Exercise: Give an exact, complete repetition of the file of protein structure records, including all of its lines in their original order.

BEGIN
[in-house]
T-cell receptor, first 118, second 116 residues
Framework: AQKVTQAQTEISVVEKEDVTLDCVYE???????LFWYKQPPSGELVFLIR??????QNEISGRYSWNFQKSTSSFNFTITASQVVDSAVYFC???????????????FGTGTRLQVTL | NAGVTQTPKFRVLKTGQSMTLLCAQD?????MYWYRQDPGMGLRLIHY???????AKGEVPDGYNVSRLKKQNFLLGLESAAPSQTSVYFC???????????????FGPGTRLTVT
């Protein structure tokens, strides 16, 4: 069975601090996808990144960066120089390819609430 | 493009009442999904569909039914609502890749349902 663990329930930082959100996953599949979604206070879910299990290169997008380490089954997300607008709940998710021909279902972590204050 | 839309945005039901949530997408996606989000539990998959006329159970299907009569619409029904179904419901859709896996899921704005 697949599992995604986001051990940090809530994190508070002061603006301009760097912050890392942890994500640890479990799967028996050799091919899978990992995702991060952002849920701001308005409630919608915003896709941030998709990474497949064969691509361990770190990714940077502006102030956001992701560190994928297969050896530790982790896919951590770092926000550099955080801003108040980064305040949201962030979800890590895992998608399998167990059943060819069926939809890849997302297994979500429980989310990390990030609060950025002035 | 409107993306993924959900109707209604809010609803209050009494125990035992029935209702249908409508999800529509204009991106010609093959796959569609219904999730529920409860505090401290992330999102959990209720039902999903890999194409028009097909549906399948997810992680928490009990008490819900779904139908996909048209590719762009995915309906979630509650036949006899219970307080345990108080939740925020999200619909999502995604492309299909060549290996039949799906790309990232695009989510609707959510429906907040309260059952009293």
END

[in-house]
T-cell receptor, first 118, second 116 residues
Framework: AQKVTQAQTEISVVEKEDVTLDCVYE???????LFWYKQPPSGELVFLIR??????QNEISGRYSWNFQKSTSSFNFTITASQVVDSAVYFC???????????????FGTGTRLQVTL | NAGVTQTPKFRVLKTGQSMTLLCAQD?????MYWYRQDPGMGLRLIHY???????AKGEVPDGYNVSRLKKQNFLLGLESAAPSQTSVYFC???????????????FGPGTRLTVT
């Protein structure tokens, strides 16, 4: 069975601090996808990144960066120089390819609430 | 493009009442999904569909039914609502890749349902 663990329930930082959100996953599949979604206070879910299990290169997008380490089954997300607008709940998710021909279902972590204050 | 839309945005039901949530997408996606989000539990998959006329159970299907009569619409029904179904419901859709896996899921704005 697949599992995604986001051990940090809530994190508070002061603006301009760097912050890392942890994500640890479990799967028996050799091919899978990992995702991060952002849920701001308005409630919608915003896709941030998709990474497949064969691509361990770190990714940077502006102030956001992701560190994928297969050896530790982790896919951590770092926000550099955080801003108040980064305040949201962030979800890590895992998608399998167990059943060819069926939809890849997302297994979500429980989310990390990030609060950025002035 | 409107993306993924959900109707209604809010609803209050009494125990035992029935209702249908409508999800529509204009991106010609093959796959569609219904999730529920409860505090401290992330999102959990209720039902999903890999194409028009097909549906399948997810992680928490009990008490819900779904139908996909048209590719762009995915309906979630509650036949006899219970307080345990108080939740925020999200619909999502995604492309299909060549290996039949799906790309990232695009989510609707959510429906907040309260059952009293």